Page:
pH-regulation Flashcards Preview

Renal exam 1 > pH-regulation > Flashcards

Flashcards in pH-regulation Deck (33):

what are the non-volatile compounds from diet?

sulfuric acid and phosphoric acid


how to keep pH constant

[HCO3-]/PCO2 constant


Cause of respiratory acidosis, where is it located on graph

increase PCO2
point on normal buffer slope below 7.4


Cause of respiratory alkalosis, where is it located on graph

decreased PCO2

point on normal buffer slope above pH 7.4


Cause of metabolic acidosis, where is it located on graph

loss of HCO3-
point on 40 torr isobar below ph7.4


metabolic alkalosis, where is it located on graph

increased HCO3- concentration
point on 40 torr above 7.4


H+ excretion in proximal tubule

what does H+ excretion depend on in proximal tubule

Na/K+ ATPase pump on basolateral membrane generates the Na electrochemical gradient, which will drive efflux of protons via H+/Na+ exchanger

Na/H+ exchanger


H+ excretion in collecting tubule? what stimulates it? what causes recycling of ATPase back to cytoplasm?

ONLYactive H+ATPase pump directly into lumen

stimulated by low pH

high pH-stimulates recycling


where is majority of bicarbonate reabsorbed

proximal tubule


whats the difference between bicarbonate reabsorption from proximal tubule and collecting duct

prox: uses Na transporter to transport HCO3= into blood

collecting duct: HCO3 via Cl- antiporter


what actively secretes bicarbonate? when does this usually occur?

Type B intercalated cells at collecting tubule--> reverse polarity of membrane transporter

Usually occur during chronic alkalosis


what is the limiting urine pH? H+?

pH 4.4

[H+]=0.4 mmol/L


for every H2PO4 excreted in urine, what happens?

1 H+ eliminated

1 HCO3- in blood


what does titratable acid measure? how do you determine it?

what other weak acids can contribute to the titratable acid? when do those acids occur?

measure of H+ excreted in urine as undissociated weak acid: H2PO4 most abundant

with 24 hr urine collection: measure amt of NaOH required to back-titrate urine pH to 7.4

Beta-hydroxybutyric acid (during ketoacidosis)

lactic acid (during lactic acidosis)


how is H+ excreted as NH4+? what does NH4+ respond to?

due to glutaminase -->end result of alpha-ketoglutarate + NH4+

Net effect: excretion of proton in lumen and addition of NEW MOLECULES(2) of HCO3-to blood

NH4+ excretion increases rapidly in response to increased urine acidity


how does NH4 contribute to severe acidosis

NH4+ production contributes up to 250 mmol/day of new bicarbonate to blood


normal Lab value for Arterial PCO2

40 torr


normal Lab value for arterial pH

pH 7.35-7.45


normal Lab value for bicarbonate

calculated or measured: 24mmol/L


normal Lab value for Urinary titratable acid

0-20 mmol/day

up to 40 mmol/day in acidosis--can be much higher in ketoacidosis or other condt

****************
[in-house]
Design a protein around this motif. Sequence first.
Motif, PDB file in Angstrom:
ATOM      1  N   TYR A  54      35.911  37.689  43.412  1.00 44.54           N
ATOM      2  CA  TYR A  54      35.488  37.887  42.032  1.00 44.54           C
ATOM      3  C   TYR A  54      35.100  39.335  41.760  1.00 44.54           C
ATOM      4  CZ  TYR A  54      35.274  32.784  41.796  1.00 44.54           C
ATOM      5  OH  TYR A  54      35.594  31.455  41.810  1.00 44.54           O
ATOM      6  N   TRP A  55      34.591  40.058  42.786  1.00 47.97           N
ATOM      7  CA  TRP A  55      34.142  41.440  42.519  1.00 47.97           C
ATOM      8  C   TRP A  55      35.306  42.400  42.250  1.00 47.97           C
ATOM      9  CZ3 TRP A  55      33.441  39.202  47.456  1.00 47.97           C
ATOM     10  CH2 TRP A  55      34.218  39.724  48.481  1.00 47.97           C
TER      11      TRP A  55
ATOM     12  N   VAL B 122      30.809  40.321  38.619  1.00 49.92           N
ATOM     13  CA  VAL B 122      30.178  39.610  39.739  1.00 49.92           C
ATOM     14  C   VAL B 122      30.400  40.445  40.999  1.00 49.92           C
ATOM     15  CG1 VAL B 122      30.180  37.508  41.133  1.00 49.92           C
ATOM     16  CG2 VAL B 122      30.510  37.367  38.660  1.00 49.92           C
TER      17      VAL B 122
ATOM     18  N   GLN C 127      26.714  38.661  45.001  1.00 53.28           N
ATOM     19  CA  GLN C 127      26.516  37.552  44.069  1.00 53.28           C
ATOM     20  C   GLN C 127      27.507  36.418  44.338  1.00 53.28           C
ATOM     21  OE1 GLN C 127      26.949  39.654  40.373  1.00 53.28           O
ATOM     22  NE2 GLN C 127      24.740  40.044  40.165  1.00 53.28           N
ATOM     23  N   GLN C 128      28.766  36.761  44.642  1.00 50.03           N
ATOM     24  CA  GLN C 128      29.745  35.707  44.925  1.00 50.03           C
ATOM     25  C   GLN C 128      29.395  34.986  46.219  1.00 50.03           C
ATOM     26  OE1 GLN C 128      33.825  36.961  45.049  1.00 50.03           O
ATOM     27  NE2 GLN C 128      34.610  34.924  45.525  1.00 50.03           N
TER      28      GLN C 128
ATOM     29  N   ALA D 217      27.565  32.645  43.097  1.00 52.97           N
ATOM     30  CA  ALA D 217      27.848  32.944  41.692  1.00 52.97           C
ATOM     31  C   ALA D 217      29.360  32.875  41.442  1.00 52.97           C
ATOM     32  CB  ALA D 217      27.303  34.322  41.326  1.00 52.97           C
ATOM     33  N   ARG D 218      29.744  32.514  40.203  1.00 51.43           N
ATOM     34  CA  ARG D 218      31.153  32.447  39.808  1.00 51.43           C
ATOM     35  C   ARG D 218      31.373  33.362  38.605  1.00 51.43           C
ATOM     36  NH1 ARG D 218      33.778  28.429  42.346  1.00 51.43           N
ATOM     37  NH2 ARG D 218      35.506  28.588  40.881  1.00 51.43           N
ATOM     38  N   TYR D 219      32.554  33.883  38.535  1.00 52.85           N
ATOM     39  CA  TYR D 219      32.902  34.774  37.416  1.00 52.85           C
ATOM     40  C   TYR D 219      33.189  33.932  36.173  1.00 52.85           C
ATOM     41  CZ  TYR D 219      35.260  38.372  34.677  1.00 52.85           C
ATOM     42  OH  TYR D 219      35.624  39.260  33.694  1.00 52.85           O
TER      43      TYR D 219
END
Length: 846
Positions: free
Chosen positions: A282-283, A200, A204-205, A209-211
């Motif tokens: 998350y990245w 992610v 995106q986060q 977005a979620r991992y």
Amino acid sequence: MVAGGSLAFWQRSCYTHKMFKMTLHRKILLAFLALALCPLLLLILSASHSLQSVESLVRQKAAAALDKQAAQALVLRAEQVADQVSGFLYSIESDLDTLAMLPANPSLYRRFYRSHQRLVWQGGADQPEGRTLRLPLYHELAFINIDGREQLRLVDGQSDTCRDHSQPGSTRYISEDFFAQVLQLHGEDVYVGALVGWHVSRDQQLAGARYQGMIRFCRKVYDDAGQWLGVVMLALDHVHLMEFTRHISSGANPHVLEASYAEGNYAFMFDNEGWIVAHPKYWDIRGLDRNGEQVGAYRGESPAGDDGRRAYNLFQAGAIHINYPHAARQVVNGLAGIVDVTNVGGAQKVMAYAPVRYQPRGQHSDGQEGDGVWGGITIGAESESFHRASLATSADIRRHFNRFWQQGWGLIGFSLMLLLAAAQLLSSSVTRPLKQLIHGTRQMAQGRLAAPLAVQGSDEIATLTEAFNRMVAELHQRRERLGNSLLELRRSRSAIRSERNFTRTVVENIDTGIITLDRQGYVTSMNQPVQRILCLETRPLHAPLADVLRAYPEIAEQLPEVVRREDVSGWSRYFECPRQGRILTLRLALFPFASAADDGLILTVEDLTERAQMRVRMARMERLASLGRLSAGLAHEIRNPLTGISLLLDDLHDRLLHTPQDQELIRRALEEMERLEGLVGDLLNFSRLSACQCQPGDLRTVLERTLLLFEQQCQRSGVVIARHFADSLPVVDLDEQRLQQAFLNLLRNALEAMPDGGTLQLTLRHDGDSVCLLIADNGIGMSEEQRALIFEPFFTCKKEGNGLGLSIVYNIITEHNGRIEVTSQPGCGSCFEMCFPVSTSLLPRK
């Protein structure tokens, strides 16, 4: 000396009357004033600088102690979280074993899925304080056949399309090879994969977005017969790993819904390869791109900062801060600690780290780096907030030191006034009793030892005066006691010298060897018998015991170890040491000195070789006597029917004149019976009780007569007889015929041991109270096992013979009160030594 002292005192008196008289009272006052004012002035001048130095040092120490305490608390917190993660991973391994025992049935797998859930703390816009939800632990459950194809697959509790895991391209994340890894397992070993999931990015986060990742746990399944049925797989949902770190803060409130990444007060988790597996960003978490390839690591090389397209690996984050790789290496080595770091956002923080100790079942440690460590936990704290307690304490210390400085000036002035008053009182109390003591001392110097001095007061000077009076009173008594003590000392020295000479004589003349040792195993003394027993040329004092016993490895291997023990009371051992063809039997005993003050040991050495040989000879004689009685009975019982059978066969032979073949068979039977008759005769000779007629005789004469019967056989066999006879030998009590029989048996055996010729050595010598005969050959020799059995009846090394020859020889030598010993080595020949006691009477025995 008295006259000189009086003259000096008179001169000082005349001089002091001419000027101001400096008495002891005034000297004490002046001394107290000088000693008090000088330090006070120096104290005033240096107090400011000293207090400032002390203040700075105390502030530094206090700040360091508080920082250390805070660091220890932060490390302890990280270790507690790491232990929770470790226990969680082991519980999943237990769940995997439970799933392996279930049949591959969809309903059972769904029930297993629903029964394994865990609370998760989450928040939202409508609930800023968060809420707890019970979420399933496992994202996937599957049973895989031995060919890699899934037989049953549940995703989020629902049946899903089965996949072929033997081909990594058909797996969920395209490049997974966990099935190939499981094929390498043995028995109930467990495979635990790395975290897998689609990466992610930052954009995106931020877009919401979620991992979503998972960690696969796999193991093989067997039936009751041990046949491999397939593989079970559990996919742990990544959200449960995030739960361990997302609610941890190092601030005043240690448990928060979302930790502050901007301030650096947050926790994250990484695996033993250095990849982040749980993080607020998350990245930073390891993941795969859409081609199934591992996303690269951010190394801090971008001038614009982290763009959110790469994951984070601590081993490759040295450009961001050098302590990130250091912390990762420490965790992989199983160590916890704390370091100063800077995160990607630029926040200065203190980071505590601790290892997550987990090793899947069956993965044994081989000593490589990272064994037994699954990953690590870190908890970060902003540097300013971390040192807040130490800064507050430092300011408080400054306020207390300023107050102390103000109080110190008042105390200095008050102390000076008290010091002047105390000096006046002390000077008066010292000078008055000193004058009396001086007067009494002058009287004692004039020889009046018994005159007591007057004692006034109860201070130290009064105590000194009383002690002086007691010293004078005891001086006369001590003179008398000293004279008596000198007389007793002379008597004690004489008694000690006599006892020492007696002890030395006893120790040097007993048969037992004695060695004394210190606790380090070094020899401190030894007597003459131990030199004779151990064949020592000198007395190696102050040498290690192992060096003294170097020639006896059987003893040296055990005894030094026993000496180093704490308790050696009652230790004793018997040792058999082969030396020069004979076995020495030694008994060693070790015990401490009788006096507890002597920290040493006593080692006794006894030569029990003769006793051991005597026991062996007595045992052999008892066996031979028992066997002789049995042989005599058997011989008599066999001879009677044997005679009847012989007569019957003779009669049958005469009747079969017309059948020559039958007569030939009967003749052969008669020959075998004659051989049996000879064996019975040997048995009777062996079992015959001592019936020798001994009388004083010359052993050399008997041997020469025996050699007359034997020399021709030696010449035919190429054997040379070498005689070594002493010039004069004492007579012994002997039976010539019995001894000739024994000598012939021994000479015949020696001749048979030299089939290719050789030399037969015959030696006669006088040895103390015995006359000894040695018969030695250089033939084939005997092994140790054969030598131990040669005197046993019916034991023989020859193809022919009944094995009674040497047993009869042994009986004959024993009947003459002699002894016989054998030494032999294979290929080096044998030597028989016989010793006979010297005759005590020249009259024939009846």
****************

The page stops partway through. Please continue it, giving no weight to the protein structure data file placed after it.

normal Lab value for urinary ammonium ion

20-40 mEq/day

up to 250 mEq/day an acidosis


normal Lab value for anion gap?

how does large anion gap occur

what does large anion gap indicate

8-12 mEq/L

large anion gap:
-production or ingestion of fixed acid
-accumulation of anions

large anion gap=metabolic acidosis


what is the main buffer for acute respiratory acidosis? how much bicarbonate is increased?

hemoglobin buffer

0.1 mmol/L increase in [HCO3-/per torr


what happens in acute vs chronic respiratory acidosis

[HCO3-] slighly increased and remains on normal buffer slope=acute

-increase H+-->stimulate H+ excretion
-all filtered HCO3- reabsorbed
-increased excretion of H2PO4 and NH4-->new HCO3 to plasma

~0.35mmol increase in HCO3- instead of 0.1mmol (acute)


acute respiratory alkalosis? causes?

decreased PCO2--> pH of blood increased

causes: fear, anxiety, trauma,, salicylate intoxication

~0.2 mmol/L decrease [HCO3-]


causes of chronic respiratory alkalosis?

what happens?

mechanical hyperventilation, many cardiopulmonary disorder

-increase in pH decrease secretion of H+ by renal tubular cells --lack of H+ secretion prevents complete absorption of HCO3- ---> HCO3- lost in urine

-B type intercalated cells of collecting tubule--actively secrete HCO3- into filtrate


high anion gap metabolic acidosis

increase acid load-->
-HCO3- consumed by buffering rxn
-anions accumulate in ECF

rapid respiratory response: hyperventilation decreases PCO2 and increases pH

Renal response: reabsorption of all HCO3-, increased titratable acid and ammonia excretion


Hyperchloremic (non-gap) metaboilc acidosis

-GI or renal loss of HCO3- -->kidney retain NaCl to maintain extracellular volume-->net exchange of HCO3- for Cl- --> sum remains constant--> no Anion gap


where are type B intercalated cells located? function?

in the collecting tubule, so its the Cl/HCO3 antiporter switches with H+/ATPase

actively secretes bicarbonate into tubular lumen


what limits H+ to be excreted as H2PO4

amt of HPO4 in filtrate, requirement of body to retain phosphate (~75% filtrered phosphate reabsorbed)


what is the rate of H+ secretion dependent on?

pH-->activate s Na+/H antiporter and H+/ATPase


causes of acute vs chronic respiratory acidosis

acute: severe asthma, pneumonia, aspiration of foreign object, drugs that cause respiratory depression

chronic: emphysema, chronic bronchitis


compensation for metabolic alkalosis

decrease ventilation, decrease HCO3- reabsorption, active HCO3- sectretion by B-type intercalating cells